I know almost nothing about this (aside from having heard programs mention the problem, and now having read this and a few sources on it), but I’ll just semi-casually remark that it seems like a major/central problem here is that a negative externality is not priced into the market whereas if it were priced in via taxation (perhaps to partially fund a rebate similar to the first proposal mentioned) the problem would be largely fixed—but that political resistance prevents such a standard economic policy response, to the net detriment of the country/people. Thus, a lot of the solutions seem to be about how to find ways around that political resistance, even if not so explicitly.But I could be wrong, and that’s where I wanted to ask/clarify: are there also substantial problems with enforcement/verification? Are there other market failures (e.g., a bloated supply with poor people that would struggle deal with frictional unemployment and/or who are not really skilled enough to get work elsewhere)?
Ultimately, I just wonder if the most efficient solution would be primarily just “tax and (partial) rebate”; if the barrier to that is “farmers are a major voting block and thus can impose costs on others”, is it not possible to just find a political compromise (e.g., are there any similar situations where non-farmers impose externalities on farmers)?
(I’m absolutely not knowledgeable on Indian politics, I’m just curious/thinking)
I’m also not knowledgeable about Indian politics, but it seems pretty clear that Indian farmers wield considerable political influence. (See the reaction to the introduction of three market-friendly farm laws for the most recent demonstration of this power.) I’d like to think political compromise is possible, but it’s hard to know which compromises are feasible.
Fortunately, it appears that many of the potential solutions to stubble burning are essentially win-win. Although stubble burning is an effective way to deal with crop residue in the short term, the practice is pretty bad for the soil. Many of the alternatives to stubble burning would probably raise yields in the long-run.
Although stubble burning is an effective way to deal with crop residue in the short term, the practice is pretty bad for the soil.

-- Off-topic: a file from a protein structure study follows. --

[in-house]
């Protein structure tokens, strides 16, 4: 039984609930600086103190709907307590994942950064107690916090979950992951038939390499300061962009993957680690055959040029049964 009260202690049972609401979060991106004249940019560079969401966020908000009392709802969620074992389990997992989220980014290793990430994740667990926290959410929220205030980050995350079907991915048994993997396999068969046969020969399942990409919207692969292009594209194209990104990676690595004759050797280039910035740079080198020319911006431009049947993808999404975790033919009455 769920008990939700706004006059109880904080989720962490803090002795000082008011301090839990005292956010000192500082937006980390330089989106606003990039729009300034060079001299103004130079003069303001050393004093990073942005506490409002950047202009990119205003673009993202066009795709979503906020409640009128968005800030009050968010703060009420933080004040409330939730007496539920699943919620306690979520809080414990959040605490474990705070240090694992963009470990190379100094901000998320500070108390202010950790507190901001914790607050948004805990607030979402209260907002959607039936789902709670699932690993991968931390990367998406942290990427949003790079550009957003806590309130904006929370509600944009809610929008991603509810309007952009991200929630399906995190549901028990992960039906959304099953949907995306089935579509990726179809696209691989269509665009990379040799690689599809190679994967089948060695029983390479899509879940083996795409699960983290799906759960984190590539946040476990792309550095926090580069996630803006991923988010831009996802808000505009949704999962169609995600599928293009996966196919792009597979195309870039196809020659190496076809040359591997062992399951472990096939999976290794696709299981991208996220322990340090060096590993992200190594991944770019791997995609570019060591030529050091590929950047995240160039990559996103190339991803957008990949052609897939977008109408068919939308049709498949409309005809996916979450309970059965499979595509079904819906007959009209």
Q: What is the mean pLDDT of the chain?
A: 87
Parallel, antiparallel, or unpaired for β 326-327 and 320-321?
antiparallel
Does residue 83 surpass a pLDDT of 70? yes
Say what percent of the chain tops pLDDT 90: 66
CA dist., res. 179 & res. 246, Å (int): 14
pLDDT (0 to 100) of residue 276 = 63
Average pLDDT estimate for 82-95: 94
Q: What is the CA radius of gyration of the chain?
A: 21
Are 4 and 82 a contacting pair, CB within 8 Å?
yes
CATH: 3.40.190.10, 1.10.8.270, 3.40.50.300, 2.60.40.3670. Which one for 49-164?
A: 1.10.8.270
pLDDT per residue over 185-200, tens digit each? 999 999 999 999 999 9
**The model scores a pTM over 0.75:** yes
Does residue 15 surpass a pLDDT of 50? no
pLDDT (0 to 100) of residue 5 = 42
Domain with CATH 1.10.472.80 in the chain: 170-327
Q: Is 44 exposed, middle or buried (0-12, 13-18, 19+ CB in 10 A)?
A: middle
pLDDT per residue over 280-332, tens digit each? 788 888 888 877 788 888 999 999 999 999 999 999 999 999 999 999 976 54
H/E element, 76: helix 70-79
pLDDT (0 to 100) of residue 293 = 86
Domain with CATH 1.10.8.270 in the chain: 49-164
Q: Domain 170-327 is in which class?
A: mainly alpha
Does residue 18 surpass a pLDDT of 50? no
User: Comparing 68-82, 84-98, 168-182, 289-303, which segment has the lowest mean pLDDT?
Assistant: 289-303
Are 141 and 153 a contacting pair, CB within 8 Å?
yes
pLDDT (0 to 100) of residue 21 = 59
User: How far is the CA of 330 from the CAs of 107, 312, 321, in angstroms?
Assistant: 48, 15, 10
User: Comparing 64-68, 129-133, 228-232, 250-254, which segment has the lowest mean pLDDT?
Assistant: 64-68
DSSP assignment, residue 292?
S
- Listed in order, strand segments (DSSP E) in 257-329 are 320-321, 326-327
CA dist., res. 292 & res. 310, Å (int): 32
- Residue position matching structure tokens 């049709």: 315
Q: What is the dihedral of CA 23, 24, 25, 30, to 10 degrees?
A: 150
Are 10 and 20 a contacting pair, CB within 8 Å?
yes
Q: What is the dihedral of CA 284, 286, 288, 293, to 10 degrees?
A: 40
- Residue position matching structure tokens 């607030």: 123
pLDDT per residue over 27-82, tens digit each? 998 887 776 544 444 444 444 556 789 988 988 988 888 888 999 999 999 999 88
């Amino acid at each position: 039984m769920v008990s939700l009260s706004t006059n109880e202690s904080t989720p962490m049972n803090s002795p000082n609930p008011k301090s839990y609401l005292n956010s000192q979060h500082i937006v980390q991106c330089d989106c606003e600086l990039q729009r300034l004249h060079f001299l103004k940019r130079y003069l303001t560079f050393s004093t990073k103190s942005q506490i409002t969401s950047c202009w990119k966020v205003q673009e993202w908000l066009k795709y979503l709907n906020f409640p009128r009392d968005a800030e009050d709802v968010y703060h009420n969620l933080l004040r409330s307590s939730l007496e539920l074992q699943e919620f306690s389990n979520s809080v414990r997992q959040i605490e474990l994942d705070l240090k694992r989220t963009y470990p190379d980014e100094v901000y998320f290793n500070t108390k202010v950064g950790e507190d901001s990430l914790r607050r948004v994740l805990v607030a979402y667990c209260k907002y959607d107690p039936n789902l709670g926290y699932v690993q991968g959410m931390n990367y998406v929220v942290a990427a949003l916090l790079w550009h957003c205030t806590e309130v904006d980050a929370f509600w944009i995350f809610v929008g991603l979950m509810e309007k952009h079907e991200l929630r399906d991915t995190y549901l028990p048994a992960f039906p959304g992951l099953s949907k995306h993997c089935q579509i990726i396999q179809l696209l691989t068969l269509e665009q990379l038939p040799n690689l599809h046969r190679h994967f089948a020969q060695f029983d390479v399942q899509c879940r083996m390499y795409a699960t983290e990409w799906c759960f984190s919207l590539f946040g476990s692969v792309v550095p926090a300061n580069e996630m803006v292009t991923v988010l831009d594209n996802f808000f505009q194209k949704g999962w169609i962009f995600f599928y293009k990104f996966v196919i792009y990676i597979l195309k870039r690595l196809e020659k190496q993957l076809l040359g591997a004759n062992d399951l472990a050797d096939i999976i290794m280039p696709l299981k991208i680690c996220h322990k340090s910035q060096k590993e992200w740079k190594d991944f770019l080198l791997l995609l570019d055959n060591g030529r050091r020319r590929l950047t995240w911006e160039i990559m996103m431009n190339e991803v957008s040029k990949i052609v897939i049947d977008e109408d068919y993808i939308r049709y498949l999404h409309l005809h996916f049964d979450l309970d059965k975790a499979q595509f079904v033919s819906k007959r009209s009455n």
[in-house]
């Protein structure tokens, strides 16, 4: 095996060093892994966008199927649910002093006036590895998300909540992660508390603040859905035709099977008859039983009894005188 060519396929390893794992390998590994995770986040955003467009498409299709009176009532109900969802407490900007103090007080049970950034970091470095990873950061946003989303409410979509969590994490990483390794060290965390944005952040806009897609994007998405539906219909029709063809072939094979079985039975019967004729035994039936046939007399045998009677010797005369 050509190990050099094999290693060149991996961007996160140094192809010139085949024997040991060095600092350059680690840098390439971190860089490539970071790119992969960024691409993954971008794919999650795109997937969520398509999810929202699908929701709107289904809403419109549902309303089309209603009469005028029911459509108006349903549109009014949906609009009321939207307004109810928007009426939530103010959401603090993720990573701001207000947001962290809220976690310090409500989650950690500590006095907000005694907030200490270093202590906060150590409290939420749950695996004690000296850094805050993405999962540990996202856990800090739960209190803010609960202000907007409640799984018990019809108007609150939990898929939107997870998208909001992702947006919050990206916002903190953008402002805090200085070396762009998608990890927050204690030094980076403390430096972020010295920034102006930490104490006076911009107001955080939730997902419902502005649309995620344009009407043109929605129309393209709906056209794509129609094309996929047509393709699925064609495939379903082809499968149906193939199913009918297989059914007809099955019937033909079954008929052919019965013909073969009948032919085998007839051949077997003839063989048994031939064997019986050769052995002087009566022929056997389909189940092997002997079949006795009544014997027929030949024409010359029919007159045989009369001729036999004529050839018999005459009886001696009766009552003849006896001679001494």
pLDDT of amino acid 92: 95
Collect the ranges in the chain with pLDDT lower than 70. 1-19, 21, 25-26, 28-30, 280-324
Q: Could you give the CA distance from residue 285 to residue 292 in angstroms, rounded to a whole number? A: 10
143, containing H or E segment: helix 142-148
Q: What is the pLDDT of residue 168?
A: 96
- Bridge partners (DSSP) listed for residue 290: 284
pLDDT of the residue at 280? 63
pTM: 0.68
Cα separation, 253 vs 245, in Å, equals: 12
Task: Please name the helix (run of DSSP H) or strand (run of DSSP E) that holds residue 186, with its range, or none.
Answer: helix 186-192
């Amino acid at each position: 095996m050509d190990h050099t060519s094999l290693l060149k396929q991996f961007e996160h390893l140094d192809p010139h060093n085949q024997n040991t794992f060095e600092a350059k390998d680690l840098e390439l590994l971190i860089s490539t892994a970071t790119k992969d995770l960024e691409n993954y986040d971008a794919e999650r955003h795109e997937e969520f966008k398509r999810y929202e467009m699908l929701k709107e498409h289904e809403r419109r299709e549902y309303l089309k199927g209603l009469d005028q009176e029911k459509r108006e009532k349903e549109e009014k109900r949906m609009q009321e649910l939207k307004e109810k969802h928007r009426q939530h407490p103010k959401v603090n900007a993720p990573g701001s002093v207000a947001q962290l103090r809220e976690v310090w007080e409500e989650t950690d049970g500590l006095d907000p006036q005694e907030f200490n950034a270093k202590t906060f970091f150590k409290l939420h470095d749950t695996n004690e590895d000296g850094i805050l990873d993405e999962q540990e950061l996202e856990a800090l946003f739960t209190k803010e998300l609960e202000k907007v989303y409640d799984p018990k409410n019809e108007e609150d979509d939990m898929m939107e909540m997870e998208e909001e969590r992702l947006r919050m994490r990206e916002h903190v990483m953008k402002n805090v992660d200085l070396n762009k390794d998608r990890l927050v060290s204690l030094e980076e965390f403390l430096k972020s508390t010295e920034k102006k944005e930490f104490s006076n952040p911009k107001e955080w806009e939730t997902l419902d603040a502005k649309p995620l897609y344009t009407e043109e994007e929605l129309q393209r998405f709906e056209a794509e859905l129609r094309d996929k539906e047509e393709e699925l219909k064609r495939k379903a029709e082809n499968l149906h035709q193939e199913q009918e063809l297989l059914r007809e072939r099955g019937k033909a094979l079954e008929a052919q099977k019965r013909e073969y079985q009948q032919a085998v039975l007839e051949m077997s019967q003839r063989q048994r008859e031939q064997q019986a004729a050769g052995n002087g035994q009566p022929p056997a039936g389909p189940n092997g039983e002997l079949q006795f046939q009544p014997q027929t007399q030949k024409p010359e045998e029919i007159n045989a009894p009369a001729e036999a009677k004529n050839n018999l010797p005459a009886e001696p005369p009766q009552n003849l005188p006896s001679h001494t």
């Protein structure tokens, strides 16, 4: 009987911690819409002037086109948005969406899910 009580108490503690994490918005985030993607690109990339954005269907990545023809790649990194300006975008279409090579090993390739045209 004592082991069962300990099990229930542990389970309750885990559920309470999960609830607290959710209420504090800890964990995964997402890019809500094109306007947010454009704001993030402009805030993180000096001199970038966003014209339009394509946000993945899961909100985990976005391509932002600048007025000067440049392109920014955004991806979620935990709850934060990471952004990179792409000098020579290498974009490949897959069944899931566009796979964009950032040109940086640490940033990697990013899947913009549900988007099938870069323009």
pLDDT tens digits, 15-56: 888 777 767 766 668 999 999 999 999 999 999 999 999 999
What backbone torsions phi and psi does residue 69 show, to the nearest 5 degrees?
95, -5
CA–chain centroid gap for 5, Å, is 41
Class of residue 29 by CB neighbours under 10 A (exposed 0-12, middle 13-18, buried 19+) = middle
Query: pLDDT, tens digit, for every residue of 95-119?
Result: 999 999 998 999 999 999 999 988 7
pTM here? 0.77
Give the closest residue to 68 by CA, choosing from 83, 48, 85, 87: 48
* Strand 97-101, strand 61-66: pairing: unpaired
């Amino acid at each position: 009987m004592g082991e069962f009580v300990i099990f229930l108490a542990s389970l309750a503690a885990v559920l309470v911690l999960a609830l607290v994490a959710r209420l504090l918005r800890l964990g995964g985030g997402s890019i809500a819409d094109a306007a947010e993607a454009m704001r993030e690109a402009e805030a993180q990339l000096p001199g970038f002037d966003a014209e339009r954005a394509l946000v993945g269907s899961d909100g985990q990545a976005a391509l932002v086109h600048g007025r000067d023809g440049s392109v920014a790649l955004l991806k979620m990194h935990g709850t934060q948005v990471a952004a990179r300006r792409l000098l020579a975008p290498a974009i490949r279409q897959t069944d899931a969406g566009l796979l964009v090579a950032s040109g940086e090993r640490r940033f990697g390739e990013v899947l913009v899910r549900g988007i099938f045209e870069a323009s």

For one, you lose the nitrogen in the residue to the air through burning. With all the cattle in India, I would think you could just feed the residue to them, and this says it could make up about 50% of their diet. And you might be able to grab some human edible calories first through the leaf protein concentrate process. There is also cellulosic ethanol or cellulosic sugar, though those are likely not economical now.
Thanks for the suggestions! Anyone who works on this topic in the future should probably investigate them further. My current rough impression is that, even if there were a market for the stubble, the process of baling the stubble for transport and sale would either be time-and-labor intensive or require equipment that the average farmer in the region can’t afford. Because of the nature of the crop cycle, farmers are under intense pressure to clear the stubble quickly, hence the appeal of stubble burning.
Again, I’m not super knowledgeable of the situation and/or the proposals, but to draw on a bit of economist/libertarian thought by cross-applying concepts from other, similar situations (e.g., pollution externalities): I would be hesitant to describe many of the (likely-impactful) solutions as truly “win-win.” Proposals 1 and 2 clearly (and sort of/potentially proposals 3 and 5) are subsidies that help farmers at the expense of everyone else. Yes, it may be the case that the “city folk” would benefit from less pollution, but they would have to bear a (likely heavy) portion of the tax burden to fund that—all to stop pollution which is imposing non-consensual, uncompensated harms on them in the first place. So, it might be true if proposal 1 works at reducing pollution it’s a “better-better” situation than doing nothing, but (to put it dramatically) that’s vaguely akin to saying “paying off the mafia for protection is a win-win, since the mafia makes money and they don’t smash stores.”
Toning it down a bit: that’s not to say they are necessarily bad proposals, or that such solutions (even when less than ideal) are not the best politically feasible options. But I am slightly curious to see more evidence about the market dynamics of the situation: if political feasibility were not a limitation, what would be the optimal response? Starting with the simple, econ 101⁄102 approach: If stubble burning is really so bad for the farmers, it begs the question why they don’t just cease the practice on their own. It seems the obvious answer is “because those benefits are still less than the cost of not burning”; as a matter of 101/102-level (i.e., simplistic) economics, the response to that should be “raise prices and either compensate people for the damage you impose on them through pollution or stop doing the pollution.” This I think is where market failures probably step onto the stage to wrinkle things… but I only have a narrow slice of experience with ag policy, and it isn’t this topic, so I’ll just leave my rambling at that.
Hey Harrison, I think the short answer is that it’s just a really messy situation and any potential solution that has a shot at improving on the status quo has to take political reality into account.